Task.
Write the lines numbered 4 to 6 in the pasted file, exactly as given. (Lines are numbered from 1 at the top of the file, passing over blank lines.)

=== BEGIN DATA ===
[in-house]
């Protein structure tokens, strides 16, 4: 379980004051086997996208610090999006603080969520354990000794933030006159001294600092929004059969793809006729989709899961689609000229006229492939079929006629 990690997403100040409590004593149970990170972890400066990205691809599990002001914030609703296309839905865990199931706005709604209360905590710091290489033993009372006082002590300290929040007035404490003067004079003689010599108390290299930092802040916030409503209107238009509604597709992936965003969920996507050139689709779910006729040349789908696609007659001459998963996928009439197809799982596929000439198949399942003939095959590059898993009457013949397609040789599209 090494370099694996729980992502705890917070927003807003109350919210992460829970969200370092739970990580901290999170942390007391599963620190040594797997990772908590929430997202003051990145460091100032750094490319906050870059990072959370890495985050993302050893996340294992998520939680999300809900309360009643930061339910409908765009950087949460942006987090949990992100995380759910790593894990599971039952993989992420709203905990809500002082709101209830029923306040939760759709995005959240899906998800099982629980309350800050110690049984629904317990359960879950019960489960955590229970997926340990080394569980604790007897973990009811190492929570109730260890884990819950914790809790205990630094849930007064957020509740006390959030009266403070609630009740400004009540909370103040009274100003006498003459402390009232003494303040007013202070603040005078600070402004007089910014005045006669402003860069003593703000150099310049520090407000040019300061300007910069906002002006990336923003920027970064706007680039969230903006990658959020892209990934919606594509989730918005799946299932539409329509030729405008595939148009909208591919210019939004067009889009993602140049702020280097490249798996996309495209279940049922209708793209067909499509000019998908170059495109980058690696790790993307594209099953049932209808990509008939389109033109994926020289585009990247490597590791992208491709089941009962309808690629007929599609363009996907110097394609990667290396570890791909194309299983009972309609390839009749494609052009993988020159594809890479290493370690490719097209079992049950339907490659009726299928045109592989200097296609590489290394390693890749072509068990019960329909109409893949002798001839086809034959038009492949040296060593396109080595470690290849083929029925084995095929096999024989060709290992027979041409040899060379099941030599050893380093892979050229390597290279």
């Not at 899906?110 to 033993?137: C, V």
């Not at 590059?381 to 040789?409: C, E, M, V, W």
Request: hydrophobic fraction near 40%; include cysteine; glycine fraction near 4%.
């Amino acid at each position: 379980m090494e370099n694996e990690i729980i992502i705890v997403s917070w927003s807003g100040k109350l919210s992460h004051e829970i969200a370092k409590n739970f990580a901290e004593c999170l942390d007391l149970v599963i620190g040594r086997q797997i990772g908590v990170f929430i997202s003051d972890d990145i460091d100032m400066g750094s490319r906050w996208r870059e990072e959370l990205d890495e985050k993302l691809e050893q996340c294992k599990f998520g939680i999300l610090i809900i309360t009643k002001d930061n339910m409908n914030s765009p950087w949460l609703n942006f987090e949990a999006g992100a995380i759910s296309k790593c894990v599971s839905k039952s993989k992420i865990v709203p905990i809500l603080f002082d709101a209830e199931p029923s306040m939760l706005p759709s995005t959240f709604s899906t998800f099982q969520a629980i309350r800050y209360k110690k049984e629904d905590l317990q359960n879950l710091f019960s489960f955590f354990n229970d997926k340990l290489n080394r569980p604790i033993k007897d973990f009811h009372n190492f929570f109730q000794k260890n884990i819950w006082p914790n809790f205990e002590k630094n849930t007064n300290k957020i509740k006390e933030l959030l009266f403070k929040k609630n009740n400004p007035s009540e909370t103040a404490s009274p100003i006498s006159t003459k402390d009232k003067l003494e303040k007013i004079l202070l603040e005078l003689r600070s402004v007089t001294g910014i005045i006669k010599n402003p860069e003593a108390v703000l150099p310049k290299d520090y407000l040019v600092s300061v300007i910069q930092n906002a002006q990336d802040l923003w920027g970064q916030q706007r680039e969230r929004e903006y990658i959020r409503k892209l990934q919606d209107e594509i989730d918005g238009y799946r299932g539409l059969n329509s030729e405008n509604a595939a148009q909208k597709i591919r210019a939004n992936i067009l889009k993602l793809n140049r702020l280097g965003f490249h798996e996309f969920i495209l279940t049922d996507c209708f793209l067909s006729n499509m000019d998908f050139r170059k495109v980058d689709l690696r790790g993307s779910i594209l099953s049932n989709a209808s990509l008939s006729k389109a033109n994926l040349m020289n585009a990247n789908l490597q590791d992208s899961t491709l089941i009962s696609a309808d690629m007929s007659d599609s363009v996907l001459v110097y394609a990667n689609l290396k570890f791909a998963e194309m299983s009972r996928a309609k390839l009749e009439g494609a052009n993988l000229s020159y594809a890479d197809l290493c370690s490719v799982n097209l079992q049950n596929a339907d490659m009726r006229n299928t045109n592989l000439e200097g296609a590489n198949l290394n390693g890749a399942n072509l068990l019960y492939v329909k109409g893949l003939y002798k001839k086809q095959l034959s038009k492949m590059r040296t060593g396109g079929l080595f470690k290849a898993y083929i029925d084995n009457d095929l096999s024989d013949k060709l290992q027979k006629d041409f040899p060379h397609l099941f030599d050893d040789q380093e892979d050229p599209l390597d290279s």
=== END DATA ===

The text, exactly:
């Not at 590059?381 to 040789?409: C, E, M, V, W």
Request: hydrophobic fraction near 40%; include cysteine; glycine fraction near 4%.
């Amino acid at each position: 379980m090494e370099n694996e990690i729980i992502i705890v997403s917070w927003s807003g100040k109350l919210s992460h004051e829970i969200a370092k409590n739970f990580a901290e004593c999170l942390d007391l149970v599963i620190g040594r086997q797997i990772g908590v990170f929430i997202s003051d972890d990145i460091d100032m400066g750094s490319r906050w996208r870059e990072e959370l990205d890495e985050k993302l691809e050893q996340c294992k599990f998520g939680i999300l610090i809900i309360t009643k002001d930061n339910m409908n914030s765009p950087w949460l609703n942006f987090e949990a999006g992100a995380i759910s296309k790593c894990v599971s839905k039952s993989k992420i865990v709203p905990i809500l603080f002082d709101a209830e199931p029923s306040m939760l706005p759709s995005t959240f709604s899906t998800f099982q969520a629980i309350r800050y209360k110690k049984e629904d905590l317990q359960n879950l710091f019960s489960f955590f354990n229970d997926k340990l290489n080394r569980p604790i033993k007897d973990f009811h009372n190492f929570f109730q000794k260890n884990i819950w006082p914790n809790f205990e002590k630094n849930t007064n300290k957020i509740k006390e933030l959030l009266f403070k929040k609630n009740n400004p007035s009540e909370t103040a404490s009274p100003i006498s006159t003459k402390d009232k003067l003494e303040k007013i004079l202070l603040e005078l003689r600070s402004v007089t001294g910014i005045i006669k010599n402003p860069e003593a108390v703000l150099p310049k290299d520090y407000l040019v600092s300061v300007i910069q930092n906002a002006q990336d802040l923003w920027g970064q916030q706007r680039e969230r929004e903006y990658i959020r409503k892209l990934q919606d209107e594509i989730d918005g238009y799946r299932g539409l059969n329509s030729e405008n509604a595939a148009q909208k597709i591919r210019a939004n992936i067009l889009k993602l793809n140049r702020l280097g965003f490249h798996e996309f969920i495209l279940t049922d996507c209708f793209l067909s006729n499509m000019d998908f050139r170059k495109v980058d689709l690696r790790g993307s779910i594209l099953s049932n989709a209808s990509l008939s006729k389109a033109n994926l040349m020289n585009a990247n789908l490597q590791d992208s899961t491709l089941i009962s696609a309808d690629m007929s007659d599609s363009v996907l001459v110097y394609a990667n689609l290396k570890f791909a998963e194309m299983s009972r996928a309609k390839l009749e009439g494609a052009n993988l000229s020159y594809a890479d197809l290493c370690s490719v799982n097209l079992q049950n596929a339907d490659m009726r006229n299928t045109n592989l000439e200097g296609a590489n198949l290394n390693g890749a399942n072509l068990l019960y492939v329909k109409g893949l003939y002798k001839k086809q095959l034959s038009k492949m590059r040296t060593g396109g079929l080595f470690k290849a898993y083929i029925d084995n009457d095929l096999s024989d013949k060709l290992q027979k006629d041409f040899p060379h397609l099941f030599d050893d040789q380093e892979d050229p599209l390597d290279s």